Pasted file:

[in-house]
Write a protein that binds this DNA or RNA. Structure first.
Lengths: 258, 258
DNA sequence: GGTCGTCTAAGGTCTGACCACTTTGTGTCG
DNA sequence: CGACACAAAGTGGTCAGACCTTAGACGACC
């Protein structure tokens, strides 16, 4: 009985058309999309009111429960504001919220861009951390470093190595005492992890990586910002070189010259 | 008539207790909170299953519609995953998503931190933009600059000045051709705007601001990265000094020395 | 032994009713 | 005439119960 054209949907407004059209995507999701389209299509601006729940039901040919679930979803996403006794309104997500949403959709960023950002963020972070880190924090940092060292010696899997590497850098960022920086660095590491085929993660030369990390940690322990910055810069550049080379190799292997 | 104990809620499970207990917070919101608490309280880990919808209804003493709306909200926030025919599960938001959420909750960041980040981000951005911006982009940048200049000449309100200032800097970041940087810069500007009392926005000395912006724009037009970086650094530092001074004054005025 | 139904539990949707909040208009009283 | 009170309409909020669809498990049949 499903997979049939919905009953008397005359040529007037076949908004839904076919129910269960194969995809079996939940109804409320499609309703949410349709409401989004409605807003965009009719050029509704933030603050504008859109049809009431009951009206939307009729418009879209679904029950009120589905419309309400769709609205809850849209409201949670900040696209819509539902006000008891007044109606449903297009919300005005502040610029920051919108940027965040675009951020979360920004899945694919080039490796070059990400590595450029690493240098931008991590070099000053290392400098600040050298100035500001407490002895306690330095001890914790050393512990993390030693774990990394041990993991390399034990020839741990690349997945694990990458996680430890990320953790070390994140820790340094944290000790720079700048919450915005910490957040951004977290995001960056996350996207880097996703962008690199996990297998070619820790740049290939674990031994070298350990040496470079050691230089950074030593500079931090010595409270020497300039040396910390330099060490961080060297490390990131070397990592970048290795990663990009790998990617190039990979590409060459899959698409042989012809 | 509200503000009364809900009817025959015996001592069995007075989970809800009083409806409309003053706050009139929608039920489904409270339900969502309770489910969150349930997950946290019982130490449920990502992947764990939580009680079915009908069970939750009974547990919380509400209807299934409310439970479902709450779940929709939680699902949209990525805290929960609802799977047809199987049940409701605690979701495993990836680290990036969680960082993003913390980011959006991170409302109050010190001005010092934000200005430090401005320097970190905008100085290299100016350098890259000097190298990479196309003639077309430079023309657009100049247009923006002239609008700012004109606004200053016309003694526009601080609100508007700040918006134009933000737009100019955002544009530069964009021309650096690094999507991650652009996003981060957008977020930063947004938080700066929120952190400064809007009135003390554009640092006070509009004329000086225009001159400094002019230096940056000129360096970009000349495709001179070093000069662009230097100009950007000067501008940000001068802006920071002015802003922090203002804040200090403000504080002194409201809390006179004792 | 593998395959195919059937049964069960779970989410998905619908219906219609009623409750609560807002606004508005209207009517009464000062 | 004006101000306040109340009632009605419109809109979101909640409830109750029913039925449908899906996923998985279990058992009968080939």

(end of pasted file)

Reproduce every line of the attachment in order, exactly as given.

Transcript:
[in-house]
Write a protein that binds this DNA or RNA. Structure first.
Lengths: 258, 258
DNA sequence: GGTCGTCTAAGGTCTGACCACTTTGTGTCG
DNA sequence: CGACACAAAGTGGTCAGACCTTAGACGACC
């Protein structure tokens, strides 16, 4: 009985058309999309009111429960504001919220861009951390470093190595005492992890990586910002070189010259 | 008539207790909170299953519609995953998503931190933009600059000045051709705007601001990265000094020395 | 032994009713 | 005439119960 054209949907407004059209995507999701389209299509601006729940039901040919679930979803996403006794309104997500949403959709960023950002963020972070880190924090940092060292010696899997590497850098960022920086660095590491085929993660030369990390940690322990910055810069550049080379190799292997 | 104990809620499970207990917070919101608490309280880990919808209804003493709306909200926030025919599960938001959420909750960041980040981000951005911006982009940048200049000449309100200032800097970041940087810069500007009392926005000395912006724009037009970086650094530092001074004054005025 | 139904539990949707909040208009009283 | 009170309409909020669809498990049949 499903997979049939919905009953008397005359040529007037076949908004839904076919129910269960194969995809079996939940109804409320499609309703949410349709409401989004409605807003965009009719050029509704933030603050504008859109049809009431009951009206939307009729418009879209679904029950009120589905419309309400769709609205809850849209409201949670900040696209819509539902006000008891007044109606449903297009919300005005502040610029920051919108940027965040675009951020979360920004899945694919080039490796070059990400590595450029690493240098931008991590070099000053290392400098600040050298100035500001407490002895306690330095001890914790050393512990993390030693774990990394041990993991390399034990020839741990690349997945694990990458996680430890990320953790070390994140820790340094944290000790720079700048919450915005910490957040951004977290995001960056996350996207880097996703962008690199996990297998070619820790740049290939674990031994070298350990040496470079050691230089950074030593500079931090010595409270020497300039040396910390330099060490961080060297490390990131070397990592970048290795990663990009790998990617190039990979590409060459899959698409042989012809 | 509200503000009364809900009817025959015996001592069995007075989970809800009083409806409309003053706050009139929608039920489904409270339900969502309770489910969150349930997950946290019982130490449920990502992947764990939580009680079915009908069970939750009974547990919380509400209807299934409310439970479902709450779940929709939680699902949209990525805290929960609802799977047809199987049940409701605690979701495993990836680290990036969680960082993003913390980011959006991170409302109050010190001005010092934000200005430090401005320097970190905008100085290299100016350098890259000097190298990479196309003639077309430079023309657009100049247009923006002239609008700012004109606004200053016309003694526009601080609100508007700040918006134009933000737009100019955002544009530069964009021309650096690094999507991650652009996003981060957008977020930063947004938080700066929120952190400064809007009135003390554009640092006070509009004329000086225009001159400094002019230096940056000129360096970009000349495709001179070093000069662009230097100009950007000067501008940000001068802006920071002015802003922090203002804040200090403000504080002194409201809390006179004792 | 593998395959195919059937049964069960779970989410998905619908219906219609009623409750609560807002606004508005209207009517009464000062 | 004006101000306040109340009632009605419109809109979101909640409830109750029913039925449908899906996923998985279990058992009968080939």